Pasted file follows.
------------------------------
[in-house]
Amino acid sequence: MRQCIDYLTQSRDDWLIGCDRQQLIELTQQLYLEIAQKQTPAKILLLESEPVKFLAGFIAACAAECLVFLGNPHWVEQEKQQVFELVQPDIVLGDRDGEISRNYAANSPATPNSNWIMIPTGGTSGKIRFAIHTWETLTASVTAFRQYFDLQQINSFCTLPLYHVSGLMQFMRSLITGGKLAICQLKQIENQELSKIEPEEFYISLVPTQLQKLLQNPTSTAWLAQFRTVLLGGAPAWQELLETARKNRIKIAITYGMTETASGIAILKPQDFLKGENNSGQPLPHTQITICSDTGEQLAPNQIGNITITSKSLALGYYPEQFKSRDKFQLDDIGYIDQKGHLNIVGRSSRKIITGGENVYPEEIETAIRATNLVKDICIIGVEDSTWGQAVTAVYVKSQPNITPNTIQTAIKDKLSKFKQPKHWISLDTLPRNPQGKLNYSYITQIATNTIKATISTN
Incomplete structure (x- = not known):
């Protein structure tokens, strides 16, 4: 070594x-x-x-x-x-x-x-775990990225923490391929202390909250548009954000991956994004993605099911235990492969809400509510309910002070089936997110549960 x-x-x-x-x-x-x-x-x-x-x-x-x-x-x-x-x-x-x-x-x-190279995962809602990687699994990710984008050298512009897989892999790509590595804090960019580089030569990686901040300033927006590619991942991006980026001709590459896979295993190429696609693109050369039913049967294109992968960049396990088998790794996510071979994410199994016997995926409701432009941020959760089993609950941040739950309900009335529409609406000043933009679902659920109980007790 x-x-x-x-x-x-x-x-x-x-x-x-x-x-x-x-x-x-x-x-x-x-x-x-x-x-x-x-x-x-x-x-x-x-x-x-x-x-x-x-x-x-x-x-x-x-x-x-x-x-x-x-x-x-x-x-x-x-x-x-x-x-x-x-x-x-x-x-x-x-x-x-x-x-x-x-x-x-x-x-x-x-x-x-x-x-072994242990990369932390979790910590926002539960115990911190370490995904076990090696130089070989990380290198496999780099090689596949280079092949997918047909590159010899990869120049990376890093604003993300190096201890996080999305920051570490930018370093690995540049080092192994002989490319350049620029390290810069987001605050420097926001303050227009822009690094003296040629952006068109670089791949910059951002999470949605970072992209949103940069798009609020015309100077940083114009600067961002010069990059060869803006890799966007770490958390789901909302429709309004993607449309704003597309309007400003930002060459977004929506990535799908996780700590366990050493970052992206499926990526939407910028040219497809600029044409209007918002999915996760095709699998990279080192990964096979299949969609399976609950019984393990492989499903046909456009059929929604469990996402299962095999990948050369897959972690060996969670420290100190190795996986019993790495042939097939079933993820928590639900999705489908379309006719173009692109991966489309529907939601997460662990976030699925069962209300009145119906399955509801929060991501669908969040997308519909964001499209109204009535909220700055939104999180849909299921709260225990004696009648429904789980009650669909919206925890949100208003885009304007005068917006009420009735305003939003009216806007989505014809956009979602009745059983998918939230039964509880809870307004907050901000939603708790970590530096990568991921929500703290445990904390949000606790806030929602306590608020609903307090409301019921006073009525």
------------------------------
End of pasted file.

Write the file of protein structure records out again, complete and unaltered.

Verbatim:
[in-house]
Amino acid sequence: MRQCIDYLTQSRDDWLIGCDRQQLIELTQQLYLEIAQKQTPAKILLLESEPVKFLAGFIAACAAECLVFLGNPHWVEQEKQQVFELVQPDIVLGDRDGEISRNYAANSPATPNSNWIMIPTGGTSGKIRFAIHTWETLTASVTAFRQYFDLQQINSFCTLPLYHVSGLMQFMRSLITGGKLAICQLKQIENQELSKIEPEEFYISLVPTQLQKLLQNPTSTAWLAQFRTVLLGGAPAWQELLETARKNRIKIAITYGMTETASGIAILKPQDFLKGENNSGQPLPHTQITICSDTGEQLAPNQIGNITITSKSLALGYYPEQFKSRDKFQLDDIGYIDQKGHLNIVGRSSRKIITGGENVYPEEIETAIRATNLVKDICIIGVEDSTWGQAVTAVYVKSQPNITPNTIQTAIKDKLSKFKQPKHWISLDTLPRNPQGKLNYSYITQIATNTIKATISTN
Incomplete structure (x- = not known):
């Protein structure tokens, strides 16, 4: 070594x-x-x-x-x-x-x-775990990225923490391929202390909250548009954000991956994004993605099911235990492969809400509510309910002070089936997110549960 x-x-x-x-x-x-x-x-x-x-x-x-x-x-x-x-x-x-x-x-x-190279995962809602990687699994990710984008050298512009897989892999790509590595804090960019580089030569990686901040300033927006590619991942991006980026001709590459896979295993190429696609693109050369039913049967294109992968960049396990088998790794996510071979994410199994016997995926409701432009941020959760089993609950941040739950309900009335529409609406000043933009679902659920109980007790 x-x-x-x-x-x-x-x-x-x-x-x-x-x-x-x-x-x-x-x-x-x-x-x-x-x-x-x-x-x-x-x-x-x-x-x-x-x-x-x-x-x-x-x-x-x-x-x-x-x-x-x-x-x-x-x-x-x-x-x-x-x-x-x-x-x-x-x-x-x-x-x-x-x-x-x-x-x-x-x-x-x-x-x-x-x-072994242990990369932390979790910590926002539960115990911190370490995904076990090696130089070989990380290198496999780099090689596949280079092949997918047909590159010899990869120049990376890093604003993300190096201890996080999305920051570490930018370093690995540049080092192994002989490319350049620029390290810069987001605050420097926001303050227009822009690094003296040629952006068109670089791949910059951002999470949605970072992209949103940069798009609020015309100077940083114009600067961002010069990059060869803006890799966007770490958390789901909302429709309004993607449309704003597309309007400003930002060459977004929506990535799908996780700590366990050493970052992206499926990526939407910028040219497809600029044409209007918002999915996760095709699998990279080192990964096979299949969609399976609950019984393990492989499903046909456009059929929604469990996402299962095999990948050369897959972690060996969670420290100190190795996986019993790495042939097939079933993820928590639900999705489908379309006719173009692109991966489309529907939601997460662990976030699925069962209300009145119906399955509801929060991501669908969040997308519909964001499209109204009535909220700055939104999180849909299921709260225990004696009648429904789980009650669909919206925890949100208003885009304007005068917006009420009735305003939003009216806007989505014809956009979602009745059983998918939230039964509880809870307004907050901000939603708790970590530096990568991921929500703290445990904390949000606790806030929602306590608020609903307090409301019921006073009525």